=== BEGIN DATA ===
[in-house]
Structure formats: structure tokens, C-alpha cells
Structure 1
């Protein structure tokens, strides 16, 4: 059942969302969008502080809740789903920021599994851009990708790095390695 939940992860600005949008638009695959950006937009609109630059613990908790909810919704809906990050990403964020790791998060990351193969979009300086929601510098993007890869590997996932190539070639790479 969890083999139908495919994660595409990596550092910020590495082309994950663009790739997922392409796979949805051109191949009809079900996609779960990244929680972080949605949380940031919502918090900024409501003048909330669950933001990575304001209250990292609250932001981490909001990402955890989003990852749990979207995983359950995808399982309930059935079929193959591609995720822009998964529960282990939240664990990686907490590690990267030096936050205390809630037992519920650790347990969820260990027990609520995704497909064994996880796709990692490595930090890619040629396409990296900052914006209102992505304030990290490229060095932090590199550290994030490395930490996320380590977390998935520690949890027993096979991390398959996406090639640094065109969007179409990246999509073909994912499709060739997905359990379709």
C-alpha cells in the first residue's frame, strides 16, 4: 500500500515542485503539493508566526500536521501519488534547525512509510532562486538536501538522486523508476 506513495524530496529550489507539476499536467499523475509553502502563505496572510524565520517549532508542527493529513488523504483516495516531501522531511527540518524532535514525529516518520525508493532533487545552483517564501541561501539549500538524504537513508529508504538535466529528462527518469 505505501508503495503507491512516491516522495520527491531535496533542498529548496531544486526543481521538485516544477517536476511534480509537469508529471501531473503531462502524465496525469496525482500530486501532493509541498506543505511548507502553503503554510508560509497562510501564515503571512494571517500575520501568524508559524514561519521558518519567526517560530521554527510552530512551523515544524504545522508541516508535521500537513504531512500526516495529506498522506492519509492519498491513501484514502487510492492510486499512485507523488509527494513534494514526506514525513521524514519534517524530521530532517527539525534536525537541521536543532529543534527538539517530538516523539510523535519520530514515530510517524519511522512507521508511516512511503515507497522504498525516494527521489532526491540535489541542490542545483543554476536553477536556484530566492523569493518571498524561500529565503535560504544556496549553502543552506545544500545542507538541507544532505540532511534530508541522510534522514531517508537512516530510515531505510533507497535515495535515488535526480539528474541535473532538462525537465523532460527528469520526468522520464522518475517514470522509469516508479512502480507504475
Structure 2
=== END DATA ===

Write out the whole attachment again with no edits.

[in-house]
Structure formats: structure tokens, C-alpha cells
Structure 1
């Protein structure tokens, strides 16, 4: 059942969302969008502080809740789903920021599994851009990708790095390695 939940992860600005949008638009695959950006937009609109630059613990908790909810919704809906990050990403964020790791998060990351193969979009300086929601510098993007890869590997996932190539070639790479 969890083999139908495919994660595409990596550092910020590495082309994950663009790739997922392409796979949805051109191949009809079900996609779960990244929680972080949605949380940031919502918090900024409501003048909330669950933001990575304001209250990292609250932001981490909001990402955890989003990852749990979207995983359950995808399982309930059935079929193959591609995720822009998964529960282990939240664990990686907490590690990267030096936050205390809630037992519920650790347990969820260990027990609520995704497909064994996880796709990692490595930090890619040629396409990296900052914006209102992505304030990290490229060095932090590199550290994030490395930490996320380590977390998935520690949890027993096979991390398959996406090639640094065109969007179409990246999509073909994912499709060739997905359990379709």
C-alpha cells in the first residue's frame, strides 16, 4: 500500500515542485503539493508566526500536521501519488534547525512509510532562486538536501538522486523508476 506513495524530496529550489507539476499536467499523475509553502502563505496572510524565520517549532508542527493529513488523504483516495516531501522531511527540518524532535514525529516518520525508493532533487545552483517564501541561501539549500538524504537513508529508504538535466529528462527518469 505505501508503495503507491512516491516522495520527491531535496533542498529548496531544486526543481521538485516544477517536476511534480509537469508529471501531473503531462502524465496525469496525482500530486501532493509541498506543505511548507502553503503554510508560509497562510501564515503571512494571517500575520501568524508559524514561519521558518519567526517560530521554527510552530512551523515544524504545522508541516508535521500537513504531512500526516495529506498522506492519509492519498491513501484514502487510492492510486499512485507523488509527494513534494514526506514525513521524514519534517524530521530532517527539525534536525537541521536543532529543534527538539517530538516523539510523535519520530514515530510517524519511522512507521508511516512511503515507497522504498525516494527521489532526491540535489541542490542545483543554476536553477536556484530566492523569493518571498524561500529565503535560504544556496549553502543552506545544500545542507538541507544532505540532511534530508541522510534522514531517508537512516530510515531505510533507497535515495535515488535526480539528474541535473532538462525537465523532460527528469520526468522520464522518475517514470522509469516508479512502480507504475
Structure 2